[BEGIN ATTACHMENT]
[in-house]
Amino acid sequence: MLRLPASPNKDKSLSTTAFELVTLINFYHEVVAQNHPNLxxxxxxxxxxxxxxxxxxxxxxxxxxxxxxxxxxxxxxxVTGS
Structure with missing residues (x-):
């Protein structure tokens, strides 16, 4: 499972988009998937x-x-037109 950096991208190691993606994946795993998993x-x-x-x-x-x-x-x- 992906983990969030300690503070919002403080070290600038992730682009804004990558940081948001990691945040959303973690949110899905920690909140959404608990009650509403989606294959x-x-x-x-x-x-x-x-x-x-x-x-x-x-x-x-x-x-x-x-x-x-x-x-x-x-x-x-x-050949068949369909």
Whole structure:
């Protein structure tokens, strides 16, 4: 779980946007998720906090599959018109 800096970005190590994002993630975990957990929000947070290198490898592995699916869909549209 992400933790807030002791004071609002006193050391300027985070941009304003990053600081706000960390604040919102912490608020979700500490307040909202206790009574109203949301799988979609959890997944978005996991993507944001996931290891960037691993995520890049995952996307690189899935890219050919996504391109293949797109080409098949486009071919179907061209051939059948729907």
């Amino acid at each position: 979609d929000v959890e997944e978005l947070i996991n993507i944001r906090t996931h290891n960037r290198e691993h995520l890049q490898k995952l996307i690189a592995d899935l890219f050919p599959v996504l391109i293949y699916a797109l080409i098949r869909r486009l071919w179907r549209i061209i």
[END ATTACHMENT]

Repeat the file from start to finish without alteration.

[in-house]
Amino acid sequence: MLRLPASPNKDKSLSTTAFELVTLINFYHEVVAQNHPNLxxxxxxxxxxxxxxxxxxxxxxxxxxxxxxxxxxxxxxxVTGS
Structure with missing residues (x-):
């Protein structure tokens, strides 16, 4: 499972988009998937x-x-037109 950096991208190691993606994946795993998993x-x-x-x-x-x-x-x- 992906983990969030300690503070919002403080070290600038992730682009804004990558940081948001990691945040959303973690949110899905920690909140959404608990009650509403989606294959x-x-x-x-x-x-x-x-x-x-x-x-x-x-x-x-x-x-x-x-x-x-x-x-x-x-x-x-x-050949068949369909």
Whole structure:
């Protein structure tokens, strides 16, 4: 779980946007998720906090599959018109 800096970005190590994002993630975990957990929000947070290198490898592995699916869909549209 992400933790807030002791004071609002006193050391300027985070941009304003990053600081706000960390604040919102912490608020979700500490307040909202206790009574109203949301799988979609959890997944978005996991993507944001996931290891960037691993995520890049995952996307690189899935890219050919996504391109293949797109080409098949486009071919179907061209051939059948729907």
């Amino acid at each position: 979609d929000v959890e997944e978005l947070i996991n993507i944001r906090t996931h290891n960037r290198e691993h995520l890049q490898k995952l996307i690189a592995d899935l890219f050919p599959v996504l391109i293949y699916a797109l080409i098949r869909r486009l071919w179907r549209i061209i």